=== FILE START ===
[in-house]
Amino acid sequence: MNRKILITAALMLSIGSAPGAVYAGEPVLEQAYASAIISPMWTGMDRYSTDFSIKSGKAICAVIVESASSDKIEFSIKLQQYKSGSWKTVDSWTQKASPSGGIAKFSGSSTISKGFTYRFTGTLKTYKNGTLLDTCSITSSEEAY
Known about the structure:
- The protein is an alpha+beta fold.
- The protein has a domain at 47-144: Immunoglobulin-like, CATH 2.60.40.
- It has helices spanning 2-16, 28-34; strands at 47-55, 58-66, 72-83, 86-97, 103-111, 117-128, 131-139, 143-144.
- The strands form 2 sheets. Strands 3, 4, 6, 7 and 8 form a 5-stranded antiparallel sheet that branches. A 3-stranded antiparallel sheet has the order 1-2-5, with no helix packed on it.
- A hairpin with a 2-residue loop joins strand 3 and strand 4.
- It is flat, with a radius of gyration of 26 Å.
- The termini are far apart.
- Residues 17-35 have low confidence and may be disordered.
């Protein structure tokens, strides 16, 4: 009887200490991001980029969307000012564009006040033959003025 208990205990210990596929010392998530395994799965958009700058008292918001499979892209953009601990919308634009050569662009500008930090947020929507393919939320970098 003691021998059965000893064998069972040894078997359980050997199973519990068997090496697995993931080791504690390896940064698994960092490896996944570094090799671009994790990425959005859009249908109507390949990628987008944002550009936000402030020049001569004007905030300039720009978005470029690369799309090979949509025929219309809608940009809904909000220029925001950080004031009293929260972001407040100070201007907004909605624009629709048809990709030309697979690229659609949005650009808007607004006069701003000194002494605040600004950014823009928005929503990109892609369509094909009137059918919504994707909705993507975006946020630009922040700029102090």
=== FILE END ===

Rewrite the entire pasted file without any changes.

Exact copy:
[in-house]
Amino acid sequence: MNRKILITAALMLSIGSAPGAVYAGEPVLEQAYASAIISPMWTGMDRYSTDFSIKSGKAICAVIVESASSDKIEFSIKLQQYKSGSWKTVDSWTQKASPSGGIAKFSGSSTISKGFTYRFTGTLKTYKNGTLLDTCSITSSEEAY
Known about the structure:
- The protein is an alpha+beta fold.
- The protein has a domain at 47-144: Immunoglobulin-like, CATH 2.60.40.
- It has helices spanning 2-16, 28-34; strands at 47-55, 58-66, 72-83, 86-97, 103-111, 117-128, 131-139, 143-144.
- The strands form 2 sheets. Strands 3, 4, 6, 7 and 8 form a 5-stranded antiparallel sheet that branches. A 3-stranded antiparallel sheet has the order 1-2-5, with no helix packed on it.
- A hairpin with a 2-residue loop joins strand 3 and strand 4.
- It is flat, with a radius of gyration of 26 Å.
- The termini are far apart.
- Residues 17-35 have low confidence and may be disordered.
């Protein structure tokens, strides 16, 4: 009887200490991001980029969307000012564009006040033959003025 208990205990210990596929010392998530395994799965958009700058008292918001499979892209953009601990919308634009050569662009500008930090947020929507393919939320970098 003691021998059965000893064998069972040894078997359980050997199973519990068997090496697995993931080791504690390896940064698994960092490896996944570094090799671009994790990425959005859009249908109507390949990628987008944002550009936000402030020049001569004007905030300039720009978005470029690369799309090979949509025929219309809608940009809904909000220029925001950080004031009293929260972001407040100070201007907004909605624009629709048809990709030309697979690229659609949005650009808007607004006069701003000194002494605040600004950014823009928005929503990109892609369509094909009137059918919504994707909705993507975006946020630009922040700029102090």